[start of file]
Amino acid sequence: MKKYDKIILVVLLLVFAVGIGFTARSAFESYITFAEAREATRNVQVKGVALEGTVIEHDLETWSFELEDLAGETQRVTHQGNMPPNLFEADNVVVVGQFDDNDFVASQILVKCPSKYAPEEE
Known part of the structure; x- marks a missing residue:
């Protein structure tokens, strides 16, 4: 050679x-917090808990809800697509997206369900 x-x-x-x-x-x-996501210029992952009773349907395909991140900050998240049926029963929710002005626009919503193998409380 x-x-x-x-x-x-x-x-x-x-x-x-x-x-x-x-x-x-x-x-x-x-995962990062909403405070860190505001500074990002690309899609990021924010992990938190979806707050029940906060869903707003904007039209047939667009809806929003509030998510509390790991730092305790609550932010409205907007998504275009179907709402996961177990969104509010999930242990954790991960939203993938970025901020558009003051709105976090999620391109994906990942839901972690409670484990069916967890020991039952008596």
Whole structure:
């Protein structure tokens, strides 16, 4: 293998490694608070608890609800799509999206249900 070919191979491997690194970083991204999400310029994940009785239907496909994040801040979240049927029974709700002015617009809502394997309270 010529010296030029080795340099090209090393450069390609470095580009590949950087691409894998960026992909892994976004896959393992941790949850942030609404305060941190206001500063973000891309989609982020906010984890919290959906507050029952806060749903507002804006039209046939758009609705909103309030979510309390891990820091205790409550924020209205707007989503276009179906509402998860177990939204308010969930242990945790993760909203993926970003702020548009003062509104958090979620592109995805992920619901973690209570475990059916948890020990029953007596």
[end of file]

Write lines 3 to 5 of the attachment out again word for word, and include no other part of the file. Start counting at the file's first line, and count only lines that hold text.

């Protein structure tokens, strides 16, 4: 050679x-917090808990809800697509997206369900 x-x-x-x-x-x-996501210029992952009773349907395909991140900050998240049926029963929710002005626009919503193998409380 x-x-x-x-x-x-x-x-x-x-x-x-x-x-x-x-x-x-x-x-x-x-995962990062909403405070860190505001500074990002690309899609990021924010992990938190979806707050029940906060869903707003904007039209047939667009809806929003509030998510509390790991730092305790609550932010409205907007998504275009179907709402996961177990969104509010999930242990954790991960939203993938970025901020558009003051709105976090999620391109994906990942839901972690409670484990069916967890020991039952008596």
Whole structure:
């Protein structure tokens, strides 16, 4: 293998490694608070608890609800799509999206249900 070919191979491997690194970083991204999400310029994940009785239907496909994040801040979240049927029974709700002015617009809502394997309270 010529010296030029080795340099090209090393450069390609470095580009590949950087691409894998960026992909892994976004896959393992941790949850942030609404305060941190206001500063973000891309989609982020906010984890919290959906507050029952806060749903507002804006039209046939758009609705909103309030979510309390891990820091205790409550924020209205707007989503276009179906509402998860177990939204308010969930242990945790993760909203993926970003702020548009003062509104958090979620592109995805992920619901973690209570475990059916948890020990029953007596």